na_sjmSamart Powpaka:
Positioning in Practice

For large firms that have two or more strategic business units (SBUs), there are generally three levels of strategy: corporate-level strategy, strategic-business-unit-level (or gusiness-level) strategy, and marketing strategy. A corporate strategy provides direction on the company’s mission, the kinds of businesses it should be in, and its growth policies. A business-level strategy addresses the way a strategic gusiness unit will compete within its industry. Finally, a marketing strategy provides a plan for pursuing the company’s objectives within a specific market segment. Note that the higher level of strategy provides both the objectives and guidelines for the lower level of strategy.

na_sjmMark Speece & Varaluck Chlitapanukul:
Prospects for EDI in the Thai Retail Sector

Electronic data interchange (EDI) is a very promising application of information technology, which can enhance competitiveness in the retail sector. This paper explores views toward EDI in Thailand’s retail sector, through in-depth interviews with retailers, suppliers, IT service providers, and industry associations. Large retail chains and suppliers strongly favor EDI. Many already have internal EDI networks, and they are about to implement EDI networks between major trading partners. These big players want EDI to rapidly spread throughout the industry. Small and mid-sized companies, however, are not as ready to adopt EDI. They cite lack of technology and investment capital, poor human resources, concerns about standardization and security, and many other obstacles. Nevertheless, Thailand will probable move into full EDI between major trading partners in the near future, and this will speed adoption of EDUI more broadly in the retail sector.

na_sjmLiang Thow-Yick:
Organizing around Intelligence : the Strategy for the Next Millennium

The intelligent organization theory perceives business organizations as complex adaptive intelligent systems. Such systems have “spaces of order” surrounded by “spaces of complexity”. A structure of this nature, embedded with intelligence, blends better with the requirements of the information era. At the moment, the structure of many business organizational systems is distorted by the linear mechanistic characteristics of the industrial era. In an information-based setup, organizations must be transformed. Intelligence that is inherent in natural intelligent systems must be superimposed upon the set of economic processes. Creativity and innovation that concentrates in the spaces of complexity must be exploited. In this respect, intelligent organizations are operating as intelligent “corporate beings”. Such beings are able to learn, adapt, and compete. They compete and survive through evolution and emergence. An intelligent structure of this nature can best be constructed by organizing around intelligence.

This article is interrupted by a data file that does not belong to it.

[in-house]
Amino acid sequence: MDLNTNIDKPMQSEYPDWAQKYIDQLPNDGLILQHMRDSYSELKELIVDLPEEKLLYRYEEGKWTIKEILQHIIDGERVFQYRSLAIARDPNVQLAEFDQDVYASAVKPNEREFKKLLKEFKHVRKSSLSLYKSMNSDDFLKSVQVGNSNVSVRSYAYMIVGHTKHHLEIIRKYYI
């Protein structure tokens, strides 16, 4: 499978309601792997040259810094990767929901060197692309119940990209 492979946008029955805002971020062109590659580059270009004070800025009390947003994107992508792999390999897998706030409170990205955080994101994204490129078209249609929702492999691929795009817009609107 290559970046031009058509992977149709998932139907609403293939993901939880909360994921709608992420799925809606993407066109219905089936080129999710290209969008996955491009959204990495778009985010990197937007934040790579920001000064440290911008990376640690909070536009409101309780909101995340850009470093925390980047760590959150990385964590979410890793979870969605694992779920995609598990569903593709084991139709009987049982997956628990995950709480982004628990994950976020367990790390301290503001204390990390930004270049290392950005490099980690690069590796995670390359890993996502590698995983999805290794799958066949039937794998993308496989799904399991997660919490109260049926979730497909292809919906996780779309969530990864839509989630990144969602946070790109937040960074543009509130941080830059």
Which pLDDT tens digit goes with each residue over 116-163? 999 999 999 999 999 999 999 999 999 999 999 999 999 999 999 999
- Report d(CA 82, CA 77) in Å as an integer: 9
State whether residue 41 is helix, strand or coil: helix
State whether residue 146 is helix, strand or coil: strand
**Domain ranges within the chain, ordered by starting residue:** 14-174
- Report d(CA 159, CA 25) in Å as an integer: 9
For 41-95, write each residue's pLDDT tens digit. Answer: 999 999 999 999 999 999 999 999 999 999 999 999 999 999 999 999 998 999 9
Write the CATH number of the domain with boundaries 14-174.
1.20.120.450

na_sjmDr. Supachsi Panitchpakdi:
SJM Interview

On October 6, 1999, Dr. Supachai Panitchpakdi, Thailand’s Deputy Prime Minister and Minister of Commerce, granted and interview to the SJM in which he expressed his views on a number of topics, including Thailand’s economic development, Government Public Relations, the World Trade Organization, and Small and Medium Enterprises (SMEs). The following is an edited version of his responses to the SJM interviewers’ questions.